For some time I've been interested in the practice of meditation, most particularly as it relates to playing music. I, and many other musicians, feel that there is a similarity of states between that of meditation and that of a musician performing "in the zone." This "zone" is a state of being completely in the moment, no longer beset by the petty, everyday concerns and distractions that go through our heads each day. It is only in this zone that the highest level of artistry is possible. I believe that at that level, the illusion of separation begins to dissolve; separation between people, and between every part of the universe. It is this state that allows the artist to tap into something larger than his or her limited concept of "self." I do not follow any particular religious tradition or practice, and I don't really have a specific belief in what I've heard described as a "personal God," but I do believe deeply that there is something bigger than "me" that I manage to tap into when I get to that "zone." As a result, to me, performing music, at it's highest level, is what you might call a "religious experience."

Anyway, I have been concerned for a long time with trying to find ways to tap into that "zone" more consistently and efficiently. One of the things that's helped me is the practice of meditation. Most people brought up in the western world tend to think of meditation as something foreign, or, at worst, something scary that weirdo cult members do, but this is an inaccurate perception. Since I was a teenager, I was always interested in eastern philosophy and, in particular, meditation. But it seemed like whenever I read a book about meditation it would be written in very flowery, mystical language that didn't make a whole lot of sense to me. Finally, that summer of 1996 in Guam I brought a book with me that a friend of mine had given me years earlier called simply "How To Meditate" by Lawrence Leshan. The author of this straightforward text approaches the subject of meditation from a western, scientific perspective that made immediate sense to me. He discussed the various types of meditation; I was suprised to learn that he considered prayer to be a form of meditation. At any rate, the type of meditation that appealed to me the most was simple breath counting, which is from the Zen tradition. As Leshan describes the pracitice, the meditator sits quietly, in a comfortable position, and counts breaths (a cycle of inhaling and exhaling is considered a "breath"), from 1 to 4. After the 4th breath, merely start over at 1 and repeat. The idea is to clear the mind of all else besides simply counting breaths and being aware of the breaths, and the numbers. It's a lot more difficult to do than you might think if you've never done it before. Leshan suggests starting with 15 minutes, eventually expanding to a half hour or more. For a more in depth discussion, I highly recommend the Leshan book.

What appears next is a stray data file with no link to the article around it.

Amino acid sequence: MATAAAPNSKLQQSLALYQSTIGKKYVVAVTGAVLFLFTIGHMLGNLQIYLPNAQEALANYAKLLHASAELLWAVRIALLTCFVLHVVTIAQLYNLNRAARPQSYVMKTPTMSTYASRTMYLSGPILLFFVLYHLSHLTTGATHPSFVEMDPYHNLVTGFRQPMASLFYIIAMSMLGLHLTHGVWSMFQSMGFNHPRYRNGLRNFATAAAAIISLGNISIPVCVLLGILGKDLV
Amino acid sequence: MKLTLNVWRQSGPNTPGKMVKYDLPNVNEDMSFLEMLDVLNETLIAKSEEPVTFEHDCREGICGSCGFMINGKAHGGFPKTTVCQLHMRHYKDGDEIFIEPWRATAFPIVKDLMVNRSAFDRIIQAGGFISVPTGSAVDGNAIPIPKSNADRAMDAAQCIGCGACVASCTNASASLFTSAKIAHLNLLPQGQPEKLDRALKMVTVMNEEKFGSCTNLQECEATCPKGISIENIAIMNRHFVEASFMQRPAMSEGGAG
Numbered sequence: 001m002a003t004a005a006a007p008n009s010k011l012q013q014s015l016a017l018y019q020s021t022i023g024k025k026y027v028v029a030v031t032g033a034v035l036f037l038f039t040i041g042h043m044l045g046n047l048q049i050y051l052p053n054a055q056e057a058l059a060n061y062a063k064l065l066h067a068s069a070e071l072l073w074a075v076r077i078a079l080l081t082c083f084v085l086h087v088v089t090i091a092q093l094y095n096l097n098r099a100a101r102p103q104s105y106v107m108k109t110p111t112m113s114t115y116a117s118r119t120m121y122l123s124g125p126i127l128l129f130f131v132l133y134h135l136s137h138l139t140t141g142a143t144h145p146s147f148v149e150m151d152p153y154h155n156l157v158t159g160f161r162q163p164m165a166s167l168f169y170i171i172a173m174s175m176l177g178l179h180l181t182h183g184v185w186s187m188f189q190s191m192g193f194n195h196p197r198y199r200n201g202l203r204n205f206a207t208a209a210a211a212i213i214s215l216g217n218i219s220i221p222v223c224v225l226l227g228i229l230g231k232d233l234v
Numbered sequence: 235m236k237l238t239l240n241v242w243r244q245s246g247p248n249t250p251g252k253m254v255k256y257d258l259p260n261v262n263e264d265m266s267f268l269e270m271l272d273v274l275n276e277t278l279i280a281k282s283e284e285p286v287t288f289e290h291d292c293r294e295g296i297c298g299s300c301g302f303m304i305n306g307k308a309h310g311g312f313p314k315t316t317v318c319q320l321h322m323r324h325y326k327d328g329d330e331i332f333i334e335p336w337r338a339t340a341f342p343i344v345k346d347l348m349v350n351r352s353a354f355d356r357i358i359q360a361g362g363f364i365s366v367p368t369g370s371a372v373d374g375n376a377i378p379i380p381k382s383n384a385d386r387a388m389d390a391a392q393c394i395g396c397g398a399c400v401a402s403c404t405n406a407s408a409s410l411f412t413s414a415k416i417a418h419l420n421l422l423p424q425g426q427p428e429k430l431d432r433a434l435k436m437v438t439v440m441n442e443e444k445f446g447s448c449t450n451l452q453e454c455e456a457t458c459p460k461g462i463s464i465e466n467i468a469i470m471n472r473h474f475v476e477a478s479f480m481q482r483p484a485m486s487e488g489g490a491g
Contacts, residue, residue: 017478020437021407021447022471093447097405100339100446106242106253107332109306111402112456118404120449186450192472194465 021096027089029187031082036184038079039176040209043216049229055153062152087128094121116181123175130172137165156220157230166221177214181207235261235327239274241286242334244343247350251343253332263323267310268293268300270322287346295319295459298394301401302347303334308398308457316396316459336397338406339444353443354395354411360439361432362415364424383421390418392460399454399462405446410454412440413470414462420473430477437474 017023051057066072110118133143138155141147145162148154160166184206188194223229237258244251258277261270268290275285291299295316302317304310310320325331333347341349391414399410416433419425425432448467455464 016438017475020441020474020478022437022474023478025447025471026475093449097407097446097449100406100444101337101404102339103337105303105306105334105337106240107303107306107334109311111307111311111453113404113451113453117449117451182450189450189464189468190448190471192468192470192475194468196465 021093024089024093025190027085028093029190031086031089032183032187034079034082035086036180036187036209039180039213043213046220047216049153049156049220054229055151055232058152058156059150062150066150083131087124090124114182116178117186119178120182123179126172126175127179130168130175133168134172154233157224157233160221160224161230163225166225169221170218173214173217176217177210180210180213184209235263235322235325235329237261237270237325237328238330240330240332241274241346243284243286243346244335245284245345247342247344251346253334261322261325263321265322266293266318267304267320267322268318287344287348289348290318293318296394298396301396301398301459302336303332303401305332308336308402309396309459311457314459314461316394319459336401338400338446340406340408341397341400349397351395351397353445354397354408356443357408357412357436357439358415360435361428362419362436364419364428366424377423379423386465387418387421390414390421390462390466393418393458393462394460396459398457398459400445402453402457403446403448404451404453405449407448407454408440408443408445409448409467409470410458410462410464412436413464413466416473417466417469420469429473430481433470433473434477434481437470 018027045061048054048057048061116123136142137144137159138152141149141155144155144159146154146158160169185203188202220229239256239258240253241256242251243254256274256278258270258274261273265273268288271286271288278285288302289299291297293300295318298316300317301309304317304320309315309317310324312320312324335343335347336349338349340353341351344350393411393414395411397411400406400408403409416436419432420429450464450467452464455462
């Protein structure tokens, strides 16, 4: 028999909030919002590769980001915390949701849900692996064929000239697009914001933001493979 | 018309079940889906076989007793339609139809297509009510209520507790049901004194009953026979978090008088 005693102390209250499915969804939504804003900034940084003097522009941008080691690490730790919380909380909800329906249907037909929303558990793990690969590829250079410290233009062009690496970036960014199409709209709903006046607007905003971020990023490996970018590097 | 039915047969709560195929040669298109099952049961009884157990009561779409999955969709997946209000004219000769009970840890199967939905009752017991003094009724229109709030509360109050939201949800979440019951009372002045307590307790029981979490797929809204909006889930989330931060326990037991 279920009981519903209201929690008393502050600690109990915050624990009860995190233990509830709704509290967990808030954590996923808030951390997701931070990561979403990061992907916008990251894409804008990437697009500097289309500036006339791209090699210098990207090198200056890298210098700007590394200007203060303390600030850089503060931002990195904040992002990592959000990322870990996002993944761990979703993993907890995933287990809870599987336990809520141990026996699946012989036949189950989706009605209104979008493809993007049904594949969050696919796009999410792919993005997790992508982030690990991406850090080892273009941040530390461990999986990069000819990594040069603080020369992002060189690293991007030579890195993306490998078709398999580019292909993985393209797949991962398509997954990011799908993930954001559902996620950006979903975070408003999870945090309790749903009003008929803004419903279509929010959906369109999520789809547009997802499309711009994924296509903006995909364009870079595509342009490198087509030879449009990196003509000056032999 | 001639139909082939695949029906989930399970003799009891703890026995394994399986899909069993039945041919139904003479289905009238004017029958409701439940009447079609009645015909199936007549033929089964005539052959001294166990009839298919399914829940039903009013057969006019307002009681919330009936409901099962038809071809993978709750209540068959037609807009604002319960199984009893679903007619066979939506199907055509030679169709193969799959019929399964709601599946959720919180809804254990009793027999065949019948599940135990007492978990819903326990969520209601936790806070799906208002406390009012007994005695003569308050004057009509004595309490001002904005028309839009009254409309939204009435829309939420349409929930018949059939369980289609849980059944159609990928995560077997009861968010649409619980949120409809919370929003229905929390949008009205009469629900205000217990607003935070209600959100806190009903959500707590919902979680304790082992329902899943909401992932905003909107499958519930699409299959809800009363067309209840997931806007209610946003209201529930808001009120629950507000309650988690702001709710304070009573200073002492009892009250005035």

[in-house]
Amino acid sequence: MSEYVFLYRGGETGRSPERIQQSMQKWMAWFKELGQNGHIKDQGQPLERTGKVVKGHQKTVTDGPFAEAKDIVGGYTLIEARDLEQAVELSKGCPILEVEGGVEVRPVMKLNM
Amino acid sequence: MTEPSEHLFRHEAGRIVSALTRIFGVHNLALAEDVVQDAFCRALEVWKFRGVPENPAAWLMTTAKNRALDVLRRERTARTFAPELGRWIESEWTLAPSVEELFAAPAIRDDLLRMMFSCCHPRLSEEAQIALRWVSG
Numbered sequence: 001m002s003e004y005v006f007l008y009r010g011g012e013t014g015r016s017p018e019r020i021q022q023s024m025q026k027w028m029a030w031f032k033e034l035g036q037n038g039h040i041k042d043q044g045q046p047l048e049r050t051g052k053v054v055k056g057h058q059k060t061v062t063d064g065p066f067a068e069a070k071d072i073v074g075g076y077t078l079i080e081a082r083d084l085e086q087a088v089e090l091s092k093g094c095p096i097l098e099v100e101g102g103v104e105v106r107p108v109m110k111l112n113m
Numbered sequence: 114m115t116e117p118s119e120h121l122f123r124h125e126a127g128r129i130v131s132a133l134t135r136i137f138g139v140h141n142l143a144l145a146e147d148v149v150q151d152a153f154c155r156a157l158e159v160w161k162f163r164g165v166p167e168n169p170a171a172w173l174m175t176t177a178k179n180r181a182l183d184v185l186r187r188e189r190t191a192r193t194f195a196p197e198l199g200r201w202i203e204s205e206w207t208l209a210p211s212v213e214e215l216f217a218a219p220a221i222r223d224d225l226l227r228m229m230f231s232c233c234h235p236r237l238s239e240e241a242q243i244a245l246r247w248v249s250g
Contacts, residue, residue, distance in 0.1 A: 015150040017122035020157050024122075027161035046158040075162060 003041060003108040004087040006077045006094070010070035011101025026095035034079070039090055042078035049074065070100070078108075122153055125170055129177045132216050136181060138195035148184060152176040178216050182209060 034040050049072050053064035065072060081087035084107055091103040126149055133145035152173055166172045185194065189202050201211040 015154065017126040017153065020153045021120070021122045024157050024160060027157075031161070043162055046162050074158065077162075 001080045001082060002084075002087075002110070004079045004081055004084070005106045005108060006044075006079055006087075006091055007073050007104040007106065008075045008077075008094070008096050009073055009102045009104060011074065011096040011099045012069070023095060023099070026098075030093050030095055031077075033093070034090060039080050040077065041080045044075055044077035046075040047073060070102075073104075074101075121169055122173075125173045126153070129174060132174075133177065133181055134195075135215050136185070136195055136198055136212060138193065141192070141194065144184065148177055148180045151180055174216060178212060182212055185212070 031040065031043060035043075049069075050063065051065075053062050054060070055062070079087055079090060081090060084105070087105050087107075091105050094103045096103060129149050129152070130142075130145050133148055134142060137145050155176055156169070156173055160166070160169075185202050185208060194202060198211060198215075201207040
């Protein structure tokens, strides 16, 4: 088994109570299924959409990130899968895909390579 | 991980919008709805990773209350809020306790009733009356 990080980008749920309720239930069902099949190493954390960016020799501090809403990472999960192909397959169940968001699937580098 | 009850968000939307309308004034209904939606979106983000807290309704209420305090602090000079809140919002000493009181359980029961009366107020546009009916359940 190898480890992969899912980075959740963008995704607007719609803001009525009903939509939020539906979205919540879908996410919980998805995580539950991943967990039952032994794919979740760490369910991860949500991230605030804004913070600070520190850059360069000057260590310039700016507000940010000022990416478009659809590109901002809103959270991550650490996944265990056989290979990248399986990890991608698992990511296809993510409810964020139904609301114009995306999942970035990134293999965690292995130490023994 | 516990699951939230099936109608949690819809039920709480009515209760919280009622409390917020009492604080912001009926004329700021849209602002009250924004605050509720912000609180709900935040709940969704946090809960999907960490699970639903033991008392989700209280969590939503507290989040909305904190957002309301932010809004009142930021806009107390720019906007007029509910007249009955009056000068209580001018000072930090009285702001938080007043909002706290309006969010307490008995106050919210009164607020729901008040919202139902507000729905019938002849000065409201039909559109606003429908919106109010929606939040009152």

I have also taken a simple, repetive guitar exercise and used it as a sort of "mantra," or a repeated word or phrase used by a meditator as an object of focus. I play the exercise over and over for a set amount of time (say 15 minutes, a half hour, or whatever). I set a timer or alarm to tell me when to stop. I close my eyes, and try to empty my mind, in effect "becoming" the exercise that I'm playing. This practice has two benefits aside from the meditation aspect. One is that you start to train yourself to enter the meditative state while playing, and two is that repeating the exercise so many times in a row will really cement the actions into your muscle memory.